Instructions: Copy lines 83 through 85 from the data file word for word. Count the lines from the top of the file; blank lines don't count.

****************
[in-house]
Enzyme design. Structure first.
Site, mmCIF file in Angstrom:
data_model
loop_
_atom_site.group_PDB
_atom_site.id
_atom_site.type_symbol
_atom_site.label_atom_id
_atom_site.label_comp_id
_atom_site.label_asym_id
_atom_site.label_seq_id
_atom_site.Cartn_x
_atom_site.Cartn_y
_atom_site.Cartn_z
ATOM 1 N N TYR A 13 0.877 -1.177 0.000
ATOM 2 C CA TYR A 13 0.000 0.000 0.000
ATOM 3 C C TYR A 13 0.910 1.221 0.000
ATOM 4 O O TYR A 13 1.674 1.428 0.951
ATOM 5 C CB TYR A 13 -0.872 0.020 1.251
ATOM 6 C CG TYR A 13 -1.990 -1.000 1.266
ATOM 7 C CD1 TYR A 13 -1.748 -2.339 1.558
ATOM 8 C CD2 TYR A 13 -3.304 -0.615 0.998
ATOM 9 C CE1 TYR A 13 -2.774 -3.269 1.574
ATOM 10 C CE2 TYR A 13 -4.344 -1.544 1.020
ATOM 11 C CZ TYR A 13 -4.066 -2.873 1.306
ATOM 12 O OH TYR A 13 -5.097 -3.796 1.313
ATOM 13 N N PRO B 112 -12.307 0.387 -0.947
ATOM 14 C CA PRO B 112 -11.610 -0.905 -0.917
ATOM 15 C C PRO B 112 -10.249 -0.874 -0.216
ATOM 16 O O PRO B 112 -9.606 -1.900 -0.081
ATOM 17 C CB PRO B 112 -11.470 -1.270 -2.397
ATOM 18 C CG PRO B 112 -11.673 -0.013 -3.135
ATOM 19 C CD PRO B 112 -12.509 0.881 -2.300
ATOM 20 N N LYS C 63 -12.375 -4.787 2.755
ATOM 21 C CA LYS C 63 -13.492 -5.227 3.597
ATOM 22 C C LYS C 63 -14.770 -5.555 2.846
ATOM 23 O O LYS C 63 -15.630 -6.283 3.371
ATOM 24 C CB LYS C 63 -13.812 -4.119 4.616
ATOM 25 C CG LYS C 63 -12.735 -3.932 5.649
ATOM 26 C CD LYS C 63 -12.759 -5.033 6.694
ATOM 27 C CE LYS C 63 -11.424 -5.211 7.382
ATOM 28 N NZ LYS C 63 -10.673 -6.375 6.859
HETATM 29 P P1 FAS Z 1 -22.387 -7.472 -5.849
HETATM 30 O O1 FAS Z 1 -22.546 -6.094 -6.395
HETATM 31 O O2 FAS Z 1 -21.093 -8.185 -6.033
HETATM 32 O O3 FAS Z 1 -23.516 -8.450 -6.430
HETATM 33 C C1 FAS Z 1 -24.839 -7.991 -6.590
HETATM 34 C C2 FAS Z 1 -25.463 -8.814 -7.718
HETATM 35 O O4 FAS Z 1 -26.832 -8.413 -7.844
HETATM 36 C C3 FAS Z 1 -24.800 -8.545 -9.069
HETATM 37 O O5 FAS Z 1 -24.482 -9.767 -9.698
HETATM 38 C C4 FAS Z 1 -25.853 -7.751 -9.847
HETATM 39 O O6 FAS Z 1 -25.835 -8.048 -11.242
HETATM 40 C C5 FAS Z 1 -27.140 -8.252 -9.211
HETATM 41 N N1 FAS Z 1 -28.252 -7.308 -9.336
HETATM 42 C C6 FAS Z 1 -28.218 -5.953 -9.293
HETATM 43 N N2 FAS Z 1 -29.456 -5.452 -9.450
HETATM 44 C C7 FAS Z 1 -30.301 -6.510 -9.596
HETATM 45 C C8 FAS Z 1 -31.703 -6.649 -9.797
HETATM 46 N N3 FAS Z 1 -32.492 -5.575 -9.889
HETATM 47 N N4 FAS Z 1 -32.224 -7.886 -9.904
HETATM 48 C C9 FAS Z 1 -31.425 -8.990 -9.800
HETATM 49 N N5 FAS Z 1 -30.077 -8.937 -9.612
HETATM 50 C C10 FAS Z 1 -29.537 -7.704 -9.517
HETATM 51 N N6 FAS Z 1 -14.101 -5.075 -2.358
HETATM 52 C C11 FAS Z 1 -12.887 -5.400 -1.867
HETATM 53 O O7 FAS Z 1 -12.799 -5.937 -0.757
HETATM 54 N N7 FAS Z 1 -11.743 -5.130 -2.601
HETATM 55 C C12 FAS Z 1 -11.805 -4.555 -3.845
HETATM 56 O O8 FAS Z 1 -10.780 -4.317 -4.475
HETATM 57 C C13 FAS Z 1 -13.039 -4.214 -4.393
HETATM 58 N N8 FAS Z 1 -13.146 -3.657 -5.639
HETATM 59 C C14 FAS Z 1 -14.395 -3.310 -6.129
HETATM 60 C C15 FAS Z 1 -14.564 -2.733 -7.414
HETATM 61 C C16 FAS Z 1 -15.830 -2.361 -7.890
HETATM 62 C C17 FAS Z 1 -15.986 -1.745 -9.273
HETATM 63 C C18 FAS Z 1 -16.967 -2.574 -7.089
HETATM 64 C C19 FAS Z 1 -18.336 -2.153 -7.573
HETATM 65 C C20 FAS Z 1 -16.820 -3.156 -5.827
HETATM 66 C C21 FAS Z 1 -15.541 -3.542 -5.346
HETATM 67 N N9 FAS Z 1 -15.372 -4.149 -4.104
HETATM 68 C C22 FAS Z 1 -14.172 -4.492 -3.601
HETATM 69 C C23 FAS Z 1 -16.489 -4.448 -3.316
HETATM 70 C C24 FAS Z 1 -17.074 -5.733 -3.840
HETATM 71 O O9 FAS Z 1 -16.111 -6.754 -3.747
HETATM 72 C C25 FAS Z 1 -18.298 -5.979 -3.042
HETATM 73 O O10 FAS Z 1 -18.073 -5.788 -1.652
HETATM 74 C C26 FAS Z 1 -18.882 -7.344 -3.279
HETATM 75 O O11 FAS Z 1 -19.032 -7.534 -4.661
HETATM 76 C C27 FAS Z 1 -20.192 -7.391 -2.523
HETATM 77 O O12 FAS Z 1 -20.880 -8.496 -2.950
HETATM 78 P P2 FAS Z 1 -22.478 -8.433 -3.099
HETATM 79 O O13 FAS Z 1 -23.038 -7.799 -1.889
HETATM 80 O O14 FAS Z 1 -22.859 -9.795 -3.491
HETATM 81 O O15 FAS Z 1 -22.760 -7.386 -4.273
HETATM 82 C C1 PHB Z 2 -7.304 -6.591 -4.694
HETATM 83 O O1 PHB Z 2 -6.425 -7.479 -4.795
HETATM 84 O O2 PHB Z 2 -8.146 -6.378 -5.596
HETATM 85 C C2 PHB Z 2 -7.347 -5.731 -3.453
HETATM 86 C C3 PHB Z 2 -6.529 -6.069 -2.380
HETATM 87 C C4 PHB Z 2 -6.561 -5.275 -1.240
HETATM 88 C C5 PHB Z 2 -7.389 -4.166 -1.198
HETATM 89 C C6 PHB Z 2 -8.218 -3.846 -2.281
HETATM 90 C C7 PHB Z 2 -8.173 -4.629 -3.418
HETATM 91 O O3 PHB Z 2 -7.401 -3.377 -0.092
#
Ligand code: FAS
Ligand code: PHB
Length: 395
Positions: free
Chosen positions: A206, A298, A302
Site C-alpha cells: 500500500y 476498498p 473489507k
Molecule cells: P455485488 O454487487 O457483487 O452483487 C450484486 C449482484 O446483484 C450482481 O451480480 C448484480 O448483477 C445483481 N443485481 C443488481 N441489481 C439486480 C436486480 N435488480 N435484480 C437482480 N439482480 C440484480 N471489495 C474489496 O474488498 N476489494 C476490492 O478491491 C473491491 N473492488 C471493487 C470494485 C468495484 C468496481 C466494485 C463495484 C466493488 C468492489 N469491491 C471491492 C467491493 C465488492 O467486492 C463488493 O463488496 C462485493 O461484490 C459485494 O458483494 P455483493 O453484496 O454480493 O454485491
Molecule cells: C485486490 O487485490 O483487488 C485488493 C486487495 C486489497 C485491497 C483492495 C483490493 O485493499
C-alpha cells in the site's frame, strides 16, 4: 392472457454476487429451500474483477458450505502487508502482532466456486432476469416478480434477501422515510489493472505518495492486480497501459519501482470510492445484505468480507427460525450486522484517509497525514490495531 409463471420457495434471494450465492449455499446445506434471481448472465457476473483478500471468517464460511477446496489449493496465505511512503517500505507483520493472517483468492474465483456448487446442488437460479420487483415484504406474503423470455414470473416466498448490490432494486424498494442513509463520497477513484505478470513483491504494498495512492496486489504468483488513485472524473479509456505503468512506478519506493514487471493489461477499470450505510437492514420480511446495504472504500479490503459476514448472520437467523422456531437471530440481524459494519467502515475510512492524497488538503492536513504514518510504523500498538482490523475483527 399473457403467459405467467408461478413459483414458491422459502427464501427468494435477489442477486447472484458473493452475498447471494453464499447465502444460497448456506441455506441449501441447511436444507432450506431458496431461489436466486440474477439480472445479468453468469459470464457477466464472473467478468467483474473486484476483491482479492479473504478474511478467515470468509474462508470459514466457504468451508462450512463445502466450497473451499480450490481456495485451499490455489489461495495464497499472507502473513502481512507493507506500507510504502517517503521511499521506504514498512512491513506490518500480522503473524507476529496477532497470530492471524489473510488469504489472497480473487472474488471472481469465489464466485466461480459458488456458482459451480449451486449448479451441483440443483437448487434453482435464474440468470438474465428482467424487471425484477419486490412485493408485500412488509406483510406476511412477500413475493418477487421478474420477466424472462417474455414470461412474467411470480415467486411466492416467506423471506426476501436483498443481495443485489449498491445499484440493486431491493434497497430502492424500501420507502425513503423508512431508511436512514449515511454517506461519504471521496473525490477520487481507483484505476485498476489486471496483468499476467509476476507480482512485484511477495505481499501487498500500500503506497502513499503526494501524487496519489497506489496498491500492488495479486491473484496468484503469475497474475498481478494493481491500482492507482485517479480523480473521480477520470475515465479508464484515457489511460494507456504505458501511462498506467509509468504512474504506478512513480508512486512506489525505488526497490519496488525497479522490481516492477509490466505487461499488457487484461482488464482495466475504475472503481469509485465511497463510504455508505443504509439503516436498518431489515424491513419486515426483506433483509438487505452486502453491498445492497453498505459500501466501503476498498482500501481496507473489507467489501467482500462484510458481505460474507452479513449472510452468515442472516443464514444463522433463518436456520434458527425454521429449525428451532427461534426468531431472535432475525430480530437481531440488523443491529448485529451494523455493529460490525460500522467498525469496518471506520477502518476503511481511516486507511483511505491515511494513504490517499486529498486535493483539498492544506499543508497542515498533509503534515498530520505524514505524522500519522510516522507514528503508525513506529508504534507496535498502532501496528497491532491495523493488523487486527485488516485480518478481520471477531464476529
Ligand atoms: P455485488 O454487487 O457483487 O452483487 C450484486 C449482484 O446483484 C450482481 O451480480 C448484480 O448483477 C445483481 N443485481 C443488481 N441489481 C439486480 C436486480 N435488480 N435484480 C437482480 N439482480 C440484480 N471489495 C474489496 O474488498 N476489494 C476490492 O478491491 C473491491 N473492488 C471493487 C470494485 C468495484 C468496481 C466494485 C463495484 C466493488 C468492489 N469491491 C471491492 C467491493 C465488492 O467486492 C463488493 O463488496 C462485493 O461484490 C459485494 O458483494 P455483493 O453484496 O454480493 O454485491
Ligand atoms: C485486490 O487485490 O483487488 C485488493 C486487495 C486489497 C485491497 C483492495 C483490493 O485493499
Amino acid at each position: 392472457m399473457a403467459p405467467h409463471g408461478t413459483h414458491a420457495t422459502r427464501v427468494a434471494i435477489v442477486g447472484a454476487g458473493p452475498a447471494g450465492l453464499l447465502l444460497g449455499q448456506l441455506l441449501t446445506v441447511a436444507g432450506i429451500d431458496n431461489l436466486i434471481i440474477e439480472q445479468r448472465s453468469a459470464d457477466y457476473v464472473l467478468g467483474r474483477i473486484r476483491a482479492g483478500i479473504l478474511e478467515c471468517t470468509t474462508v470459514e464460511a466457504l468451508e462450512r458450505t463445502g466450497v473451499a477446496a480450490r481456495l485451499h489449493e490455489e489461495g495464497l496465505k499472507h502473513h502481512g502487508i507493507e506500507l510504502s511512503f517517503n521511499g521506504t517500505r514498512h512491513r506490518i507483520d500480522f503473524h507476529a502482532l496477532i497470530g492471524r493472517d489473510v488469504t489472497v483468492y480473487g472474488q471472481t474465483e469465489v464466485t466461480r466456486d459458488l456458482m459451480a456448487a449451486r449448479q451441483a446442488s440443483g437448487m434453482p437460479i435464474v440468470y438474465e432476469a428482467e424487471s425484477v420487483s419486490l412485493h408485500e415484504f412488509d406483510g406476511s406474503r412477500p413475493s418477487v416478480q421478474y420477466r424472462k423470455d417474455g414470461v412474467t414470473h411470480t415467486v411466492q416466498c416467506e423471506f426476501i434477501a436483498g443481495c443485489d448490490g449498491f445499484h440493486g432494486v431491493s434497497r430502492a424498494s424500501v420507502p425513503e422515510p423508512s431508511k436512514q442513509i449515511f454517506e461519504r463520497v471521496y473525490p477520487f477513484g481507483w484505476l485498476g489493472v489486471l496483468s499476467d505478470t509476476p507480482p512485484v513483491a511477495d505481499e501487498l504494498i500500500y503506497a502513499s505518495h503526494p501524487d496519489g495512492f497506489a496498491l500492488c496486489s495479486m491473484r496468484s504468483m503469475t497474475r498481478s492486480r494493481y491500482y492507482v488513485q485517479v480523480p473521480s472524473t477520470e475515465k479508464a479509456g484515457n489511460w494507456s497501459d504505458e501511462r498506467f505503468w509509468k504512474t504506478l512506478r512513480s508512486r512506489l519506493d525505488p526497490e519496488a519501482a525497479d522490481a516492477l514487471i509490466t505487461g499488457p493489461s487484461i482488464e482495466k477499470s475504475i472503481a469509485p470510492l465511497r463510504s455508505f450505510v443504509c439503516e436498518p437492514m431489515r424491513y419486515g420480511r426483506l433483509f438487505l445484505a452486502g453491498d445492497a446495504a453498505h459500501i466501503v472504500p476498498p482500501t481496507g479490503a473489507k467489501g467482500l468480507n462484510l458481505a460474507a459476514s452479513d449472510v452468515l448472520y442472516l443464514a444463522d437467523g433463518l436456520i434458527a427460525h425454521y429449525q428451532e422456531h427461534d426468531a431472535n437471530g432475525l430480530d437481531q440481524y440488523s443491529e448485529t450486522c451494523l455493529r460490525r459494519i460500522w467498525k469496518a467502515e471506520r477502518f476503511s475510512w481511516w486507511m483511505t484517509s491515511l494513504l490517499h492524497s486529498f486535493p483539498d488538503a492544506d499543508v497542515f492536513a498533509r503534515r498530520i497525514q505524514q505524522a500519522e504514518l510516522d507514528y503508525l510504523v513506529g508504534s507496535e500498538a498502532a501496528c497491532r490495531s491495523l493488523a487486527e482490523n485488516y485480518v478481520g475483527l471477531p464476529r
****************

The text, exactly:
HETATM 68 C C22 FAS Z 1 -14.172 -4.492 -3.601
HETATM 69 C C23 FAS Z 1 -16.489 -4.448 -3.316
HETATM 70 C C24 FAS Z 1 -17.074 -5.733 -3.840